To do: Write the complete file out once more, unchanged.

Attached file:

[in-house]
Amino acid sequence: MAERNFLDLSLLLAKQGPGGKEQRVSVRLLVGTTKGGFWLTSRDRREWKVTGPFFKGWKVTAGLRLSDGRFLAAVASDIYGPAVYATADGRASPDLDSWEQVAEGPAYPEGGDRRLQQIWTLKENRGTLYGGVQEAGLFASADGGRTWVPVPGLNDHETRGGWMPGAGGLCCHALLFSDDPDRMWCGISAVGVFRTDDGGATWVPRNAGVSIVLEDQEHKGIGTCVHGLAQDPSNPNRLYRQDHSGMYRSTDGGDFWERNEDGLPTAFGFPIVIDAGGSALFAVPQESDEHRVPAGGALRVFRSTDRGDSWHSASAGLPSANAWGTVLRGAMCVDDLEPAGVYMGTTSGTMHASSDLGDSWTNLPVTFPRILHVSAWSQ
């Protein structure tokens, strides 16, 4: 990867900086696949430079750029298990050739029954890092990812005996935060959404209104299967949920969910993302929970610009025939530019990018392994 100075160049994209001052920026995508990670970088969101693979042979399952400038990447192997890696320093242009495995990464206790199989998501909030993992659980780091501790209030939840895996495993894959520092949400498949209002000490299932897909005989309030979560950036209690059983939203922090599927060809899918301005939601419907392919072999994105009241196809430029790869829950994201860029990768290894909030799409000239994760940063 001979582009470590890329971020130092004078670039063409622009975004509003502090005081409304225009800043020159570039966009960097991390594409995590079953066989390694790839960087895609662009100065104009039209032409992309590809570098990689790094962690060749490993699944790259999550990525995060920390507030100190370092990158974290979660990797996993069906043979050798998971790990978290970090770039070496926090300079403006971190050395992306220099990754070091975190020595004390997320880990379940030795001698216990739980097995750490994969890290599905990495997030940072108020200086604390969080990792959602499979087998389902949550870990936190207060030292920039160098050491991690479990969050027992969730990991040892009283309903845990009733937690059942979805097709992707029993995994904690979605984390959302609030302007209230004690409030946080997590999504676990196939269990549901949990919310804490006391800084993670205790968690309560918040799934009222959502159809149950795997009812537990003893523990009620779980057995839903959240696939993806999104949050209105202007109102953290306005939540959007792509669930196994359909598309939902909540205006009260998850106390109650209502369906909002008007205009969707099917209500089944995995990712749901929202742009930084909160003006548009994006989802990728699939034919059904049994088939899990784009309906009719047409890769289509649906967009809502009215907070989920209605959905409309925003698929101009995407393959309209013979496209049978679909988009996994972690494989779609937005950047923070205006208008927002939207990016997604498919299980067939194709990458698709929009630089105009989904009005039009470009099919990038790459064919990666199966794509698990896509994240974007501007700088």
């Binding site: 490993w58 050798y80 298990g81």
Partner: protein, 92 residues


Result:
[in-house]
Amino acid sequence: MAERNFLDLSLLLAKQGPGGKEQRVSVRLLVGTTKGGFWLTSRDRREWKVTGPFFKGWKVTAGLRLSDGRFLAAVASDIYGPAVYATADGRASPDLDSWEQVAEGPAYPEGGDRRLQQIWTLKENRGTLYGGVQEAGLFASADGGRTWVPVPGLNDHETRGGWMPGAGGLCCHALLFSDDPDRMWCGISAVGVFRTDDGGATWVPRNAGVSIVLEDQEHKGIGTCVHGLAQDPSNPNRLYRQDHSGMYRSTDGGDFWERNEDGLPTAFGFPIVIDAGGSALFAVPQESDEHRVPAGGALRVFRSTDRGDSWHSASAGLPSANAWGTVLRGAMCVDDLEPAGVYMGTTSGTMHASSDLGDSWTNLPVTFPRILHVSAWSQ
């Protein structure tokens, strides 16, 4: 990867900086696949430079750029298990050739029954890092990812005996935060959404209104299967949920969910993302929970610009025939530019990018392994 100075160049994209001052920026995508990670970088969101693979042979399952400038990447192997890696320093242009495995990464206790199989998501909030993992659980780091501790209030939840895996495993894959520092949400498949209002000490299932897909005989309030979560950036209690059983939203922090599927060809899918301005939601419907392919072999994105009241196809430029790869829950994201860029990768290894909030799409000239994760940063 001979582009470590890329971020130092004078670039063409622009975004509003502090005081409304225009800043020159570039966009960097991390594409995590079953066989390694790839960087895609662009100065104009039209032409992309590809570098990689790094962690060749490993699944790259999550990525995060920390507030100190370092990158974290979660990797996993069906043979050798998971790990978290970090770039070496926090300079403006971190050395992306220099990754070091975190020595004390997320880990379940030795001698216990739980097995750490994969890290599905990495997030940072108020200086604390969080990792959602499979087998389902949550870990936190207060030292920039160098050491991690479990969050027992969730990991040892009283309903845990009733937690059942979805097709992707029993995994904690979605984390959302609030302007209230004690409030946080997590999504676990196939269990549901949990919310804490006391800084993670205790968690309560918040799934009222959502159809149950795997009812537990003893523990009620779980057995839903959240696939993806999104949050209105202007109102953290306005939540959007792509669930196994359909598309939902909540205006009260998850106390109650209502369906909002008007205009969707099917209500089944995995990712749901929202742009930084909160003006548009994006989802990728699939034919059904049994088939899990784009309906009719047409890769289509649906967009809502009215907070989920209605959905409309925003698929101009995407393959309209013979496209049978679909988009996994972690494989779609937005950047923070205006208008927002939207990016997604498919299980067939194709990458698709929009630089105009989904009005039009470009099919990038790459064919990666199966794509698990896509994240974007501007700088």
């Binding site: 490993w58 050798y80 298990g81």
Partner: protein, 92 residues